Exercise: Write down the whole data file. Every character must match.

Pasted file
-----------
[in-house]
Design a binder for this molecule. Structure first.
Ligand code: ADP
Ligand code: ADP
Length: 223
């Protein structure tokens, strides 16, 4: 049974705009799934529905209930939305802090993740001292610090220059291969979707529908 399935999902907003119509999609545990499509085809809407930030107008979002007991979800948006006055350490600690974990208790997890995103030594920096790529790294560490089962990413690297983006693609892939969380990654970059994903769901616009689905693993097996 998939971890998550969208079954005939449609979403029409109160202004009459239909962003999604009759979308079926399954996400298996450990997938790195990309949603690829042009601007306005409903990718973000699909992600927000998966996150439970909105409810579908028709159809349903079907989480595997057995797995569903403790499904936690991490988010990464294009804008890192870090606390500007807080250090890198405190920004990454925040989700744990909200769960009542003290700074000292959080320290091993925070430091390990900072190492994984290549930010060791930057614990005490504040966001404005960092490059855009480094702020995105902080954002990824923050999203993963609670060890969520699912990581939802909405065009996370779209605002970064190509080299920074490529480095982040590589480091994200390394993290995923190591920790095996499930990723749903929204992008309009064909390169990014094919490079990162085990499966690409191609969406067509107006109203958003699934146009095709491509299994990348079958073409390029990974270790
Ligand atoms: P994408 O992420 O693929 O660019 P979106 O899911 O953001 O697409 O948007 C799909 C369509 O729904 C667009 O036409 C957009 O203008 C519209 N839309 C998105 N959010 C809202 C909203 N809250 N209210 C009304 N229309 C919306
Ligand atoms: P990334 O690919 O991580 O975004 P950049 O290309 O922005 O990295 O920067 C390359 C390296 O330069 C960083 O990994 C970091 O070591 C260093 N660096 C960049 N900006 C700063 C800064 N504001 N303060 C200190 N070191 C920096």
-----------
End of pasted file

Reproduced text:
[in-house]
Design a binder for this molecule. Structure first.
Ligand code: ADP
Ligand code: ADP
Length: 223
């Protein structure tokens, strides 16, 4: 049974705009799934529905209930939305802090993740001292610090220059291969979707529908 399935999902907003119509999609545990499509085809809407930030107008979002007991979800948006006055350490600690974990208790997890995103030594920096790529790294560490089962990413690297983006693609892939969380990654970059994903769901616009689905693993097996 998939971890998550969208079954005939449609979403029409109160202004009459239909962003999604009759979308079926399954996400298996450990997938790195990309949603690829042009601007306005409903990718973000699909992600927000998966996150439970909105409810579908028709159809349903079907989480595997057995797995569903403790499904936690991490988010990464294009804008890192870090606390500007807080250090890198405190920004990454925040989700744990909200769960009542003290700074000292959080320290091993925070430091390990900072190492994984290549930010060791930057614990005490504040966001404005960092490059855009480094702020995105902080954002990824923050999203993963609670060890969520699912990581939802909405065009996370779209605002970064190509080299920074490529480095982040590589480091994200390394993290995923190591920790095996499930990723749903929204992008309009064909390169990014094919490079990162085990499966690409191609969406067509107006109203958003699934146009095709491509299994990348079958073409390029990974270790
Ligand atoms: P994408 O992420 O693929 O660019 P979106 O899911 O953001 O697409 O948007 C799909 C369509 O729904 C667009 O036409 C957009 O203008 C519209 N839309 C998105 N959010 C809202 C909203 N809250 N209210 C009304 N229309 C919306
Ligand atoms: P990334 O690919 O991580 O975004 P950049 O290309 O922005 O990295 O920067 C390359 C390296 O330069 C960083 O990994 C970091 O070591 C260093 N660096 C960049 N900006 C700063 C800064 N504001 N303060 C200190 N070191 C920096």